by David Morgan and Eileen Curtayne, Ph.D., DCI Consulting Group

DCI staff visited the U.S Supreme Court (USSC) on Tuesday, March 29, 2011. At approximately 5:40 a.m., there were already well over 90 people in line hoping for a ticket to hear the oral argument for Dukes v. Wal-Mart. The facts surrounding the case began in 2001 when Betty Dukes, a Wal-Mart cashier, filed a claim of discrimination based on sex. Dukes claimed that her promotional opportunities were limited and that she was paid less than her male counterparts because of her sex. Additional female employees offered statements similar to the allegations of Dukes, leading to the plaintiffs’ argument that Wal-Mart’s corporate culture contributed to discrimination against women in pay and promotion.

Wal-Mart argues that employees who hold different jobs in different stores, under the supervision of different managers do not share sufficient commonality to be resolved on a collective basis. It is important to note that the particular merits of the case are not under question; rather, the USSC must determine whether or not to allow class certification potentially covering over 1.5 million female workers—the largest in U.S. history—who were employed by Wal-Mart at any point since December 1998.

According to the Petitioner's Brief, Wal-Mart’s company-wide policy “expressly bars discrimination based on sex (p. 3).” In addition, the Brief states that, “The class members—potentially millions of women supervised by tens of thousands of different managers and employed in thousands of different stores throughout the country—assert highly individualized, fact-intensive claims for monetary relief that are subject to individualized statutory defenses (p.1).” Wal-Mart contends that the Ninth Circuit en banc ruling discussed in a previous post, which certified the class “…cannot be reconciled with the requirements of Rule 23(b)(2)…” as plaintiffs “…seek to evade the additional procedures required for fair adjudication of monetary claims, including notice and opt-out rights for absent class members (p. 1).”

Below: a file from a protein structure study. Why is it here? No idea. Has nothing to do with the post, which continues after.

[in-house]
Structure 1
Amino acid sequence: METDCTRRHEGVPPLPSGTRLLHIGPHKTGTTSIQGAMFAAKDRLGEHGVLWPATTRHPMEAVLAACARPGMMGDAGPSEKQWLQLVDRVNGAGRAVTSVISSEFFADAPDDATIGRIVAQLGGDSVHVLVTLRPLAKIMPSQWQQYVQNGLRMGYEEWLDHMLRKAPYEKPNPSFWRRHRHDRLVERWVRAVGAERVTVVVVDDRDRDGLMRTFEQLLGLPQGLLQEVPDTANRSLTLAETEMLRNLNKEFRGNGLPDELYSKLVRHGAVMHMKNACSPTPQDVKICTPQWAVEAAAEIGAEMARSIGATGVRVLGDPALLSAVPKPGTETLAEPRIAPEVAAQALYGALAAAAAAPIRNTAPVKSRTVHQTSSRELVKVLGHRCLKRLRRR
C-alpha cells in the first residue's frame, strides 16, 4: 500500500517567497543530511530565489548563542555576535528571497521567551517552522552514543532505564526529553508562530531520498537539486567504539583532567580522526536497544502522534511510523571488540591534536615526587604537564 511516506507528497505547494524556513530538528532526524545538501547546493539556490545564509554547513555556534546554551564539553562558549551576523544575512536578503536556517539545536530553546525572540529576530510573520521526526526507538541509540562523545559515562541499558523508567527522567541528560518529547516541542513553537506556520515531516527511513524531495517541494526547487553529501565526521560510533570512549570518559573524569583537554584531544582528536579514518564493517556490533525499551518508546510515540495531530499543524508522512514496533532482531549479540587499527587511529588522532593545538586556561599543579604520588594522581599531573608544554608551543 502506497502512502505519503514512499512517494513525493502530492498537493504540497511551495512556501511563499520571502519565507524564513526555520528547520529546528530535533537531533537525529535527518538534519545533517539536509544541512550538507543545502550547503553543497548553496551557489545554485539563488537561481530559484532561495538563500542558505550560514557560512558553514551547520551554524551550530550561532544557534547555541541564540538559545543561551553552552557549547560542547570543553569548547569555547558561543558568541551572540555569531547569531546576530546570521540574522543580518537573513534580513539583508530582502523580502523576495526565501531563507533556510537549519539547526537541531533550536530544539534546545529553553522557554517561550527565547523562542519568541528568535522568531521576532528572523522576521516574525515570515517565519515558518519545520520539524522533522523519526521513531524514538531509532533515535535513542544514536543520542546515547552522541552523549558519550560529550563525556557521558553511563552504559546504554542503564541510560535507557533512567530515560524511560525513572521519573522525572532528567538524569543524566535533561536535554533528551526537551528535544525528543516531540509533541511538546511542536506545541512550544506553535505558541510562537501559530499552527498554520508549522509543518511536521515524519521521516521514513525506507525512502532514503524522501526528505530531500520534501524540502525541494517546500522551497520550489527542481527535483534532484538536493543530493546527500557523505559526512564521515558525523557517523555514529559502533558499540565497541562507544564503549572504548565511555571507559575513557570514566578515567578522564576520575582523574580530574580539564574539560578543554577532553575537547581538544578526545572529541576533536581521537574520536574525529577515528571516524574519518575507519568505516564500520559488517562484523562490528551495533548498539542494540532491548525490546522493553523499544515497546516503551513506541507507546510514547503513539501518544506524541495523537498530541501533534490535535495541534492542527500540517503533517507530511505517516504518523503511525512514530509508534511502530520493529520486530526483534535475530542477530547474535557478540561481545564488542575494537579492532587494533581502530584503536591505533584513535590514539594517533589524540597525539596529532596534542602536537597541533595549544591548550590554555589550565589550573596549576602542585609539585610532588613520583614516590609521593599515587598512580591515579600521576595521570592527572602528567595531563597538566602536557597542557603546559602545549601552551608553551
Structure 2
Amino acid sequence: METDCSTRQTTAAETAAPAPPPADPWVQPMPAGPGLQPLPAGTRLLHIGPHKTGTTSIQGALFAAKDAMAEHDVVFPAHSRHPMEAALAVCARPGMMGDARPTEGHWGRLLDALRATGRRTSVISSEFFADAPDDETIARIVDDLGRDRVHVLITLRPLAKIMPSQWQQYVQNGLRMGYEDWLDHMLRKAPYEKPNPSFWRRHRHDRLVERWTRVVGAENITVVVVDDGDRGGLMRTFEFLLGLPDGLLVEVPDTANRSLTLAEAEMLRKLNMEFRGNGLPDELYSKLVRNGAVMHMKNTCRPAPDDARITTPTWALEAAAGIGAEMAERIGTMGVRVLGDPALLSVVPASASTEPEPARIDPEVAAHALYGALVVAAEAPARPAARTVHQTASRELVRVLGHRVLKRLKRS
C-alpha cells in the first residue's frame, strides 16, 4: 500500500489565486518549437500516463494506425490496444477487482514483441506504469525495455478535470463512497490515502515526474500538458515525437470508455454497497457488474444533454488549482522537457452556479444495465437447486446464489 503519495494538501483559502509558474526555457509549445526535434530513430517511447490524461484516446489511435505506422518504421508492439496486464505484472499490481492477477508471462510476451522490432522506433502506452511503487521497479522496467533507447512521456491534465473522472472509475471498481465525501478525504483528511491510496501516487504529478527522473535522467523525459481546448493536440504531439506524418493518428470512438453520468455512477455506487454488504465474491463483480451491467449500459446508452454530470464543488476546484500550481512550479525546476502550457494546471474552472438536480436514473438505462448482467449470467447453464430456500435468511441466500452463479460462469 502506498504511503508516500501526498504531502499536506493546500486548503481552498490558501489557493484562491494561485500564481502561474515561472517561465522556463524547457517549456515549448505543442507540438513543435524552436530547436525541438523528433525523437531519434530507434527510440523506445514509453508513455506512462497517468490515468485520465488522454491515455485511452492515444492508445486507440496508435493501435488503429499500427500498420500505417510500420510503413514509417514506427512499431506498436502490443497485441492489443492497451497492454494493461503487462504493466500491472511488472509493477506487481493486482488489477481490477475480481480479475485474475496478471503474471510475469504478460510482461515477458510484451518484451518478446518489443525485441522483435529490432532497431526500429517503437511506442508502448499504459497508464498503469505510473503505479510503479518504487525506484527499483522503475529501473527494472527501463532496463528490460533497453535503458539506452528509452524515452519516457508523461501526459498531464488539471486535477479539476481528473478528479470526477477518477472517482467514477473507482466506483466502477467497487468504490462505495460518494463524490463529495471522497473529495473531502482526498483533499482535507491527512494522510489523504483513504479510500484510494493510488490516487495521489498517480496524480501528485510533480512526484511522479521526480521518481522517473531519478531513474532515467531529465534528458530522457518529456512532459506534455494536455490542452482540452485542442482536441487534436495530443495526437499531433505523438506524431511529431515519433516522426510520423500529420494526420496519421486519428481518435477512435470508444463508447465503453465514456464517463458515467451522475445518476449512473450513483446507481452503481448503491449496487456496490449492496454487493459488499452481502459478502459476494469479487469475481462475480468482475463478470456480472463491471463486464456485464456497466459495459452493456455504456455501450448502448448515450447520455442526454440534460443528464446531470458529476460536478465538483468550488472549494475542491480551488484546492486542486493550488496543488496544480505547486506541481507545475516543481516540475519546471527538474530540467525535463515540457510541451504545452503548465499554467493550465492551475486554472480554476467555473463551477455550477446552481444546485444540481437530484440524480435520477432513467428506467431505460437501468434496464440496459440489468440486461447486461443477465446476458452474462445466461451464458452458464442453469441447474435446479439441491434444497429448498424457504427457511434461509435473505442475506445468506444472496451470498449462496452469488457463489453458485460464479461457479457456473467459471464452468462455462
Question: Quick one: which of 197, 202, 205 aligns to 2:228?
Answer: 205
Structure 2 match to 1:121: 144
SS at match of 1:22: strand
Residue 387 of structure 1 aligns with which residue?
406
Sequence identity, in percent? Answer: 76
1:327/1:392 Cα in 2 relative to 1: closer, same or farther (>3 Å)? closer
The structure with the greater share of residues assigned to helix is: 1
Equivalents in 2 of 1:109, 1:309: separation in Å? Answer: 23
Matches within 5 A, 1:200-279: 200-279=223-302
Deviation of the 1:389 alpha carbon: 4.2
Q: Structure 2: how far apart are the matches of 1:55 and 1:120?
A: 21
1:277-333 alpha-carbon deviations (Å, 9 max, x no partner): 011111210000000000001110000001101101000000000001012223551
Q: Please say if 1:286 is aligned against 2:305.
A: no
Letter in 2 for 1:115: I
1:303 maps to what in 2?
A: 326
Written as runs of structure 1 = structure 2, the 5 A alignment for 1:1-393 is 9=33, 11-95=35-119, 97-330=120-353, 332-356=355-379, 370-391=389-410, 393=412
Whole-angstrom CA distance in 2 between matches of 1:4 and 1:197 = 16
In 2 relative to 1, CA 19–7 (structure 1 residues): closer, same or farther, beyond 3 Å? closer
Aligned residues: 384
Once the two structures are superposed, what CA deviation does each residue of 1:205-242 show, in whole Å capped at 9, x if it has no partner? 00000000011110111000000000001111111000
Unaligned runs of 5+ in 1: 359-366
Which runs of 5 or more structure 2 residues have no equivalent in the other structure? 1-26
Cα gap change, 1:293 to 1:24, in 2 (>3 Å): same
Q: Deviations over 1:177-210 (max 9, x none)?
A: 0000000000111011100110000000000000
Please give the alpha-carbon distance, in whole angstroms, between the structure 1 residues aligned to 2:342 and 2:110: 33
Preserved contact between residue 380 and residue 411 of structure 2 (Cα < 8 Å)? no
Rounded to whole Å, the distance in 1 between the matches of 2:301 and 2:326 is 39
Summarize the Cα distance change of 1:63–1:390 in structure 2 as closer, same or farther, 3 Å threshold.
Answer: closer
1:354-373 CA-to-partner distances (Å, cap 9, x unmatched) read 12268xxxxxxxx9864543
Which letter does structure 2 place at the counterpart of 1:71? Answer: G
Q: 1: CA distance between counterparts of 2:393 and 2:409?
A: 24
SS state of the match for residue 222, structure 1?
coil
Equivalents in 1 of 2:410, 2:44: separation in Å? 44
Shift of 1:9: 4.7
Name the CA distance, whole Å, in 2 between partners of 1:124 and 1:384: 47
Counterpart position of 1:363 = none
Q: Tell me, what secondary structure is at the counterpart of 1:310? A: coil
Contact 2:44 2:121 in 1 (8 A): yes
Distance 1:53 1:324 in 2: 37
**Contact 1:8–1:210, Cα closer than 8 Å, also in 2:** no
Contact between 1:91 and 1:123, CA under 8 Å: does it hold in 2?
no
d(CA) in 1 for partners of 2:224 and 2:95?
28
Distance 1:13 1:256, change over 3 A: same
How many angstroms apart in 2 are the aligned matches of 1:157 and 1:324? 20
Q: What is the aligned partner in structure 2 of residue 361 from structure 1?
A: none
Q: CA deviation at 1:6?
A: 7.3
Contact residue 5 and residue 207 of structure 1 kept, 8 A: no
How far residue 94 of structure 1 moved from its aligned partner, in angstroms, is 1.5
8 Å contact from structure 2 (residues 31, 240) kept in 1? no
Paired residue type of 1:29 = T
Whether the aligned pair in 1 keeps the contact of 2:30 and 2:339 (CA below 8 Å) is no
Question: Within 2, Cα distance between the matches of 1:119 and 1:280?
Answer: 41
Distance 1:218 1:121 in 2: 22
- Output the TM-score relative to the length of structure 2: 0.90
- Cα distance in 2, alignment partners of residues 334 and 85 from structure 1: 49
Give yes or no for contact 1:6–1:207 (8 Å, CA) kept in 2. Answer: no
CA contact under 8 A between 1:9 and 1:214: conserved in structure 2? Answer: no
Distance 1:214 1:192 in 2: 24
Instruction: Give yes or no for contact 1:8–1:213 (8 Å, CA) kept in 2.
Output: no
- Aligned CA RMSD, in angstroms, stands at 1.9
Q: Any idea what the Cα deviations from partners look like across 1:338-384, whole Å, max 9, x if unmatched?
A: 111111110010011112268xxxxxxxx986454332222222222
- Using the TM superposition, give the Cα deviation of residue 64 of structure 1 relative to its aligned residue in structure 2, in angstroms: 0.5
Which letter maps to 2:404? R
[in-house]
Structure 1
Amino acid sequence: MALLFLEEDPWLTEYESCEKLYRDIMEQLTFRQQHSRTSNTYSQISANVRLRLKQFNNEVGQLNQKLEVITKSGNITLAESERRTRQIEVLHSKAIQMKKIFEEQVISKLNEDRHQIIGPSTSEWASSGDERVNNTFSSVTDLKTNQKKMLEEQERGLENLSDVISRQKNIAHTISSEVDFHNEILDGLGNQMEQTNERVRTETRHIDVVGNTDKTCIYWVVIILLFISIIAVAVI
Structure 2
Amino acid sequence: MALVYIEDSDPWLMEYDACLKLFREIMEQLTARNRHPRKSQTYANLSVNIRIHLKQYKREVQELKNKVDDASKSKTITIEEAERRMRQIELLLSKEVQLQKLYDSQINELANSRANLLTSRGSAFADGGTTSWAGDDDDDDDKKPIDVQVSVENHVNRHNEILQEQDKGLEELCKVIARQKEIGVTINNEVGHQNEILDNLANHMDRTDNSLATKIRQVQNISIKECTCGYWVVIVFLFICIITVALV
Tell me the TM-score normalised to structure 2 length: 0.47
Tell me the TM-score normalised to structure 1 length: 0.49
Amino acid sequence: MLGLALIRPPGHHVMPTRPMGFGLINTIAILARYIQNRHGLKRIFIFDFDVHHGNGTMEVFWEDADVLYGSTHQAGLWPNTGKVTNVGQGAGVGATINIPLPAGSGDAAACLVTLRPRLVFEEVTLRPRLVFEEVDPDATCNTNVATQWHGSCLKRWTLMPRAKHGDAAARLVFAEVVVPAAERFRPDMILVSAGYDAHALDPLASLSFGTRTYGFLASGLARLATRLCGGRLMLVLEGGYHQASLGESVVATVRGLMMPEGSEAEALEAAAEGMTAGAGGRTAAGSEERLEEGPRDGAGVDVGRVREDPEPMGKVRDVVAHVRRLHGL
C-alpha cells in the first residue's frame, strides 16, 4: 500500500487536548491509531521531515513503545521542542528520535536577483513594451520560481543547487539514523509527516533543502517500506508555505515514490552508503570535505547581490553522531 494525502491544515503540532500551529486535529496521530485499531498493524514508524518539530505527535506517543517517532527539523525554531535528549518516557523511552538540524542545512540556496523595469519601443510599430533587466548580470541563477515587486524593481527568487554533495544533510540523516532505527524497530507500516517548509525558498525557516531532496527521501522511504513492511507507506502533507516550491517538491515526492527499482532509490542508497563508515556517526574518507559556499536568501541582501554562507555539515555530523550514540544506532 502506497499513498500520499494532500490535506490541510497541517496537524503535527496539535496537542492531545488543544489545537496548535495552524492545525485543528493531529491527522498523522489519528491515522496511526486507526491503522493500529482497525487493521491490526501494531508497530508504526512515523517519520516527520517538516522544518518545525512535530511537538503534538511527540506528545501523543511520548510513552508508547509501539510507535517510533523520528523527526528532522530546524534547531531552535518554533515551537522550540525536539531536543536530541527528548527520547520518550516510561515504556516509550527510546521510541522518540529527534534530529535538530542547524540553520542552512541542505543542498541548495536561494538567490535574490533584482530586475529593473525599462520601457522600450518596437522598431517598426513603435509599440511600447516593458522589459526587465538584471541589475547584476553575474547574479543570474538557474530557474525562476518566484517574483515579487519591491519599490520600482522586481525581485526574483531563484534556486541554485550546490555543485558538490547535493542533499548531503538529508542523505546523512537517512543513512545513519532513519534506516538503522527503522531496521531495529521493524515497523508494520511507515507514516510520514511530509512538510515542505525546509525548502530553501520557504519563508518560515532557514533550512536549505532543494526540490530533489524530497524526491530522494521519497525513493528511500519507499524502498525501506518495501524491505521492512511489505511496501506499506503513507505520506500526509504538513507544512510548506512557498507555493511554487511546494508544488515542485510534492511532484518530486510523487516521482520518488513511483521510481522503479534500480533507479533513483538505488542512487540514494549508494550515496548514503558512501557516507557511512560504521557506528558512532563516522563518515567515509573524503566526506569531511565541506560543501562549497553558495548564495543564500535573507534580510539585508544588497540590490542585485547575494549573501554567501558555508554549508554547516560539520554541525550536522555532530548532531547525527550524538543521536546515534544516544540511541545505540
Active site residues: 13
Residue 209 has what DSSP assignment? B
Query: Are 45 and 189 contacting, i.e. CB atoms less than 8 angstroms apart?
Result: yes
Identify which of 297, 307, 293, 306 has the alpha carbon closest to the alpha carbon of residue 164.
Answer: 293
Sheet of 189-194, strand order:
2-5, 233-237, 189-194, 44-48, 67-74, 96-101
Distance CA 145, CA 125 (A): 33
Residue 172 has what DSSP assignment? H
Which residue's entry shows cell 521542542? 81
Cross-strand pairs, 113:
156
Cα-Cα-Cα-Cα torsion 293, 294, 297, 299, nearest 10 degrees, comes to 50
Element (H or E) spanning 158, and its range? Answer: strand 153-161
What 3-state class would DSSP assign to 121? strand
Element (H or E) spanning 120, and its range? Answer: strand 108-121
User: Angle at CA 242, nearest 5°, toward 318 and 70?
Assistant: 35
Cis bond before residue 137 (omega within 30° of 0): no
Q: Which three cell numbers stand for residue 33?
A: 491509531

According to the Respondent's Brief the plaintiffs contend they have met the standard for commonality in establishing a class as outlined by Rule 23 and Title VII. In particular, the certification standard for a class in discrimination cases addressing subjective selection systems in employment is “whether there are questions of law or fact common to the class” (p. 23). The plaintiffs contend the standards for commonality outlined by Wal-Mart far exceed what has been supported in case law and if adopted would ultimately be detrimental to parties seeking legal remedy in employment discrimination cases.

There may be far-reaching implications of the Supreme Court’s final ruling in this case. Large organizations, particularly those with many local nation-wide establishments, may be affected. A favorable ruling for Wal-Mart may translate into greater emphasis on local accountability in the eyes of the courts, depending on the circumstances. In addition, a favorable ruling for Wal-Mart may yield more restrictive standards for class certification and thereby limit who can file a systemic employment discrimination case.

A favorable ruling for the plaintiffs may mean larger classes of potential victims when systemic discrimination is alleged, but may also signal a need for greater accountability amongst corporate entities when using subjective personnel systems, and encourage proactive measures when formulating principled personnel systems.

Notably in this case, the final ruling will provide insight into whether or not the Ninth Circuit’s class certification was consistent with Rule 23(a) (i.e., commonality, typicality, and adequacy); and whether or not claims for monetary relief can be certified under Federal Rule of Civil Procedure 23(b)(2)(i.e., the party opposing the class has acted or refused to act on grounds that apply generally to the class, so that final injunctive relief or corresponding declaratory relief is appropriate respecting the class as a whole) and, if so, under what circumstances. Although the final ruling is not expected for some time, an audio feed of yesterday’s argument is expected to be uploaded on the USSC’s Argument Audio webpage very soon. The written transcript is also available on the Arguments Transcripts webpage.

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